A Frenchman now living in Russia is said to have attained the immense age of one hundred and twenty-six years.

Dr. William G. Grace, a London physician, has made a greater reputation for himself in playing cricket than in medicine.

The Rush Medical College of Chicago announces that it will give the degree of Doctor Medicinae Civitatis or Doctor of State Medicine.

As a result of the examination held by the Massachusetts Board of Registration in Medicine on June 4, twenty of the twenty-eight applicants examined were accepted.

The ninth annual meeting of the American Orthopedic Association will be held at Chicago, September 17, 18 and 19, 1895. Dr. John Ridlon is president of this Association.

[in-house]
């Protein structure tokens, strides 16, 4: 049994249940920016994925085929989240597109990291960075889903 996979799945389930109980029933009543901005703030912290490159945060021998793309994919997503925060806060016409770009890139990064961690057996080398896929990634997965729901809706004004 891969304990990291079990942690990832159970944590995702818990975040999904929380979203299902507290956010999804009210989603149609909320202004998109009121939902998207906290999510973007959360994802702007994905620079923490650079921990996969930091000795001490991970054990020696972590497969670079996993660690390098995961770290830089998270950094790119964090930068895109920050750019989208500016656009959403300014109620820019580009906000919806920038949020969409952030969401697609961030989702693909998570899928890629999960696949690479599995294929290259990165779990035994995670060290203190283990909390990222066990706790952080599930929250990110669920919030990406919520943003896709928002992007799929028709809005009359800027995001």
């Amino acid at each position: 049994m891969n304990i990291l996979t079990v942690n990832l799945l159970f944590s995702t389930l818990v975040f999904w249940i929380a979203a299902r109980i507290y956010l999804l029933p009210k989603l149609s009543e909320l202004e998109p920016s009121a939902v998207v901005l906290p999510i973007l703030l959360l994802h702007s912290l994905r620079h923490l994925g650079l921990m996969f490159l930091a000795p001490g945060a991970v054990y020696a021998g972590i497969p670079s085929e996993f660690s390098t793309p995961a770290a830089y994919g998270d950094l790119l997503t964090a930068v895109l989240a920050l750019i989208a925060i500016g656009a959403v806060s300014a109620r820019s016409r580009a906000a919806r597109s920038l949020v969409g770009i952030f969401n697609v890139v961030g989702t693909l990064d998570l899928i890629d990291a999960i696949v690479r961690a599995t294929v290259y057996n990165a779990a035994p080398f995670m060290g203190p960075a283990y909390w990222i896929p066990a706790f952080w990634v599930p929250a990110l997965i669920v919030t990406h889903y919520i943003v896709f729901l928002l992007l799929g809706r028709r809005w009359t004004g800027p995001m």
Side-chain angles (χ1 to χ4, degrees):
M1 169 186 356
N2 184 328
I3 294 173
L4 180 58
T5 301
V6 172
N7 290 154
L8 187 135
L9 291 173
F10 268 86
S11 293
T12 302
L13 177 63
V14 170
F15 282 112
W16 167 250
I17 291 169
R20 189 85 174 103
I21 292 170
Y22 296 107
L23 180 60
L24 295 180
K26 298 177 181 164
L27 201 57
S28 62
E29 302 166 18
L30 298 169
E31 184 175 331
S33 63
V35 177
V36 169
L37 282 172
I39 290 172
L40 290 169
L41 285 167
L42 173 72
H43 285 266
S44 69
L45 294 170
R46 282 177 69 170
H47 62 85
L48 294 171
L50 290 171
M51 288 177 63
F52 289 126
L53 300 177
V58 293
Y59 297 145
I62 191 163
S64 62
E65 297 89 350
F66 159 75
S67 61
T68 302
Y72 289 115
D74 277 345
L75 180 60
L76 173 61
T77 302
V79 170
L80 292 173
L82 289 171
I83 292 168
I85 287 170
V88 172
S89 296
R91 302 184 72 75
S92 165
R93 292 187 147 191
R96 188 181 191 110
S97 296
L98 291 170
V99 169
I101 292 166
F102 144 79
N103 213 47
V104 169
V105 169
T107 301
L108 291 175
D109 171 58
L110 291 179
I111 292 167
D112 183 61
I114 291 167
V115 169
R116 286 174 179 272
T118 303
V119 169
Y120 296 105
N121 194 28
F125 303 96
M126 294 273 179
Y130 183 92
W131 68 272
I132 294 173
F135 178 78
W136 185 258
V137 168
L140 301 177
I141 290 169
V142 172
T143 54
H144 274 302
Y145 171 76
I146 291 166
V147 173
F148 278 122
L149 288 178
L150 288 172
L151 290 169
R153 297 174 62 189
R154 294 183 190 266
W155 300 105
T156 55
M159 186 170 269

A meeting of health officials was held in New York last week and rules were formulated relative to the quarantine and detention of vessels and persons coming from yellow fever ports.

A doctor's health has been estimated by an Atlanta, Ga., jury to be worth just $400. The discrepancy between the jury's estimate and that of the unfortunate physician was $9,600.

The International Congress of Thalassotherapy which met at Bologne last year will meet again this year in August and will consider the treatment of disease by sea air and sea bathing.

It is said that the latest sensation in Paris is the alleged important discovery by a M. Groussier of an infallible law whereby the paternity of children who have no acknowl. edged father may be ascertained.

A committee of the Spanish Chamber of Deputies has reported in favor of making vaccination compulsory in Spain. It is expected that the proposed measure will encounter some opposition.when it comes under discussion in the Chamber.